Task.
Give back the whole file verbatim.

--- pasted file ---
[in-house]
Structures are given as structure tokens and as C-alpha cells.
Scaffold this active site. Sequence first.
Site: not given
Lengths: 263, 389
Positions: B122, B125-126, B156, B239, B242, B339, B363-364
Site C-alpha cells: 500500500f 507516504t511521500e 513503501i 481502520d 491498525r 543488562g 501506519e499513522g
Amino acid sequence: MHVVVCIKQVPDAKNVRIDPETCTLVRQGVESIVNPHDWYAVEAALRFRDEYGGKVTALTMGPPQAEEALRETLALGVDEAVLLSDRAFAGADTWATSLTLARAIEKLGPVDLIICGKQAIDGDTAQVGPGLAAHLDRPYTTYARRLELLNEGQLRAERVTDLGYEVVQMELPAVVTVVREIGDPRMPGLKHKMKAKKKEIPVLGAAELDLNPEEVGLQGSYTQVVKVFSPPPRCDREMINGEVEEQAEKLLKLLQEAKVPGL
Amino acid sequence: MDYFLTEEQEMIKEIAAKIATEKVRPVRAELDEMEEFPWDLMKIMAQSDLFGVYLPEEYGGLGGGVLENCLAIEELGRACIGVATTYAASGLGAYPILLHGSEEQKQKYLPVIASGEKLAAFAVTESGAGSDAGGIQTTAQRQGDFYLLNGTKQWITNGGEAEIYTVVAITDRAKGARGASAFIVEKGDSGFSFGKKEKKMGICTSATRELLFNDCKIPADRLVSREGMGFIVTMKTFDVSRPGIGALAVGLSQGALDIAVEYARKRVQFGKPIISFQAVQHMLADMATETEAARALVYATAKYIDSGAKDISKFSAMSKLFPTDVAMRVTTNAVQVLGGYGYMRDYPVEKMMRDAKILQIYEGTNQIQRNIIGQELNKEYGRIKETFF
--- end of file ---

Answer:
[in-house]
Structures are given as structure tokens and as C-alpha cells.
Scaffold this active site. Sequence first.
Site: not given
Lengths: 263, 389
Positions: B122, B125-126, B156, B239, B242, B339, B363-364
Site C-alpha cells: 500500500f 507516504t511521500e 513503501i 481502520d 491498525r 543488562g 501506519e499513522g
Amino acid sequence: MHVVVCIKQVPDAKNVRIDPETCTLVRQGVESIVNPHDWYAVEAALRFRDEYGGKVTALTMGPPQAEEALRETLALGVDEAVLLSDRAFAGADTWATSLTLARAIEKLGPVDLIICGKQAIDGDTAQVGPGLAAHLDRPYTTYARRLELLNEGQLRAERVTDLGYEVVQMELPAVVTVVREIGDPRMPGLKHKMKAKKKEIPVLGAAELDLNPEEVGLQGSYTQVVKVFSPPPRCDREMINGEVEEQAEKLLKLLQEAKVPGL
Amino acid sequence: MDYFLTEEQEMIKEIAAKIATEKVRPVRAELDEMEEFPWDLMKIMAQSDLFGVYLPEEYGGLGGGVLENCLAIEELGRACIGVATTYAASGLGAYPILLHGSEEQKQKYLPVIASGEKLAAFAVTESGAGSDAGGIQTTAQRQGDFYLLNGTKQWITNGGEAEIYTVVAITDRAKGARGASAFIVEKGDSGFSFGKKEKKMGICTSATRELLFNDCKIPADRLVSREGMGFIVTMKTFDVSRPGIGALAVGLSQGALDIAVEYARKRVQFGKPIISFQAVQHMLADMATETEAARALVYATAKYIDSGAKDISKFSAMSKLFPTDVAMRVTTNAVQVLGGYGYMRDYPVEKMMRDAKILQIYEGTNQIQRNIIGQELNKEYGRIKETFF